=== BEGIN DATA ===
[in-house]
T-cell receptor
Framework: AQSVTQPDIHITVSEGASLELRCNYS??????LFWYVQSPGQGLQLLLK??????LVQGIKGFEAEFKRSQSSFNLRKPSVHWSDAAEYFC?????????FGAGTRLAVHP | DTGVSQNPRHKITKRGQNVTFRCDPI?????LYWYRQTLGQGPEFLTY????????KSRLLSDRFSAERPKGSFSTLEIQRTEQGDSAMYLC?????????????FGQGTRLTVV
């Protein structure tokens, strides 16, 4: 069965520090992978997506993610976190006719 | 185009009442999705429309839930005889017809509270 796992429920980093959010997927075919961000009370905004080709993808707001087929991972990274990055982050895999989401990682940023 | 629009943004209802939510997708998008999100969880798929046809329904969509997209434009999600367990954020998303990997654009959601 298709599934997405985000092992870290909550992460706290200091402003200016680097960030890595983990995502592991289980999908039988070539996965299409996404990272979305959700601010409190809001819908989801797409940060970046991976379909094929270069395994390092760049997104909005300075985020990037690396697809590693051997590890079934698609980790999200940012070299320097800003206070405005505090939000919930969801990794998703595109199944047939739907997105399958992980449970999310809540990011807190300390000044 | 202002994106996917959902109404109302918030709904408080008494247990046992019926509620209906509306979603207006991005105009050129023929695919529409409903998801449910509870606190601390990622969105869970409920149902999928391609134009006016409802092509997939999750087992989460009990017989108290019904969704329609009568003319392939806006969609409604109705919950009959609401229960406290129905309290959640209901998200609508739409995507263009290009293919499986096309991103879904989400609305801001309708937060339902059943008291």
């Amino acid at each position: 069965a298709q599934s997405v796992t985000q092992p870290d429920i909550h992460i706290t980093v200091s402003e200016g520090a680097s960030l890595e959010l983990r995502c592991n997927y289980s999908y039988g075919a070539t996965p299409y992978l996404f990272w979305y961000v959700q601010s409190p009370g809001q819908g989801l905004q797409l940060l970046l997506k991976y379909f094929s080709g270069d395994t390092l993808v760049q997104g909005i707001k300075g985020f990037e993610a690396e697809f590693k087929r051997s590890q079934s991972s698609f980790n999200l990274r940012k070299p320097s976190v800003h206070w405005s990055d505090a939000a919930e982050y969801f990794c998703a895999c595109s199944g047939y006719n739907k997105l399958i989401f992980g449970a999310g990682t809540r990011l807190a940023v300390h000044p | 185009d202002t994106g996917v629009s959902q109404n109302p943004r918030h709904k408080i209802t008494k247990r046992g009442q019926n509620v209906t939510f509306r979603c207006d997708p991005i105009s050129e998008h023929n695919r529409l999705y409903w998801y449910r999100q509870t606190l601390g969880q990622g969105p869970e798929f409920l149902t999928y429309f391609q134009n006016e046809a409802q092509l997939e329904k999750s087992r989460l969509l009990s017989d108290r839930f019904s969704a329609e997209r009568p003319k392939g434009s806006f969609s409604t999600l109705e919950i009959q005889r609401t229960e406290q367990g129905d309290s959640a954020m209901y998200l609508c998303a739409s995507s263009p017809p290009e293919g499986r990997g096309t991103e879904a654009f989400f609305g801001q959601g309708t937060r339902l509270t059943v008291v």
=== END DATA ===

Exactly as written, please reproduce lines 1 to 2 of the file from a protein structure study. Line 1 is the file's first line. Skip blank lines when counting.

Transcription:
[in-house]
T-cell receptor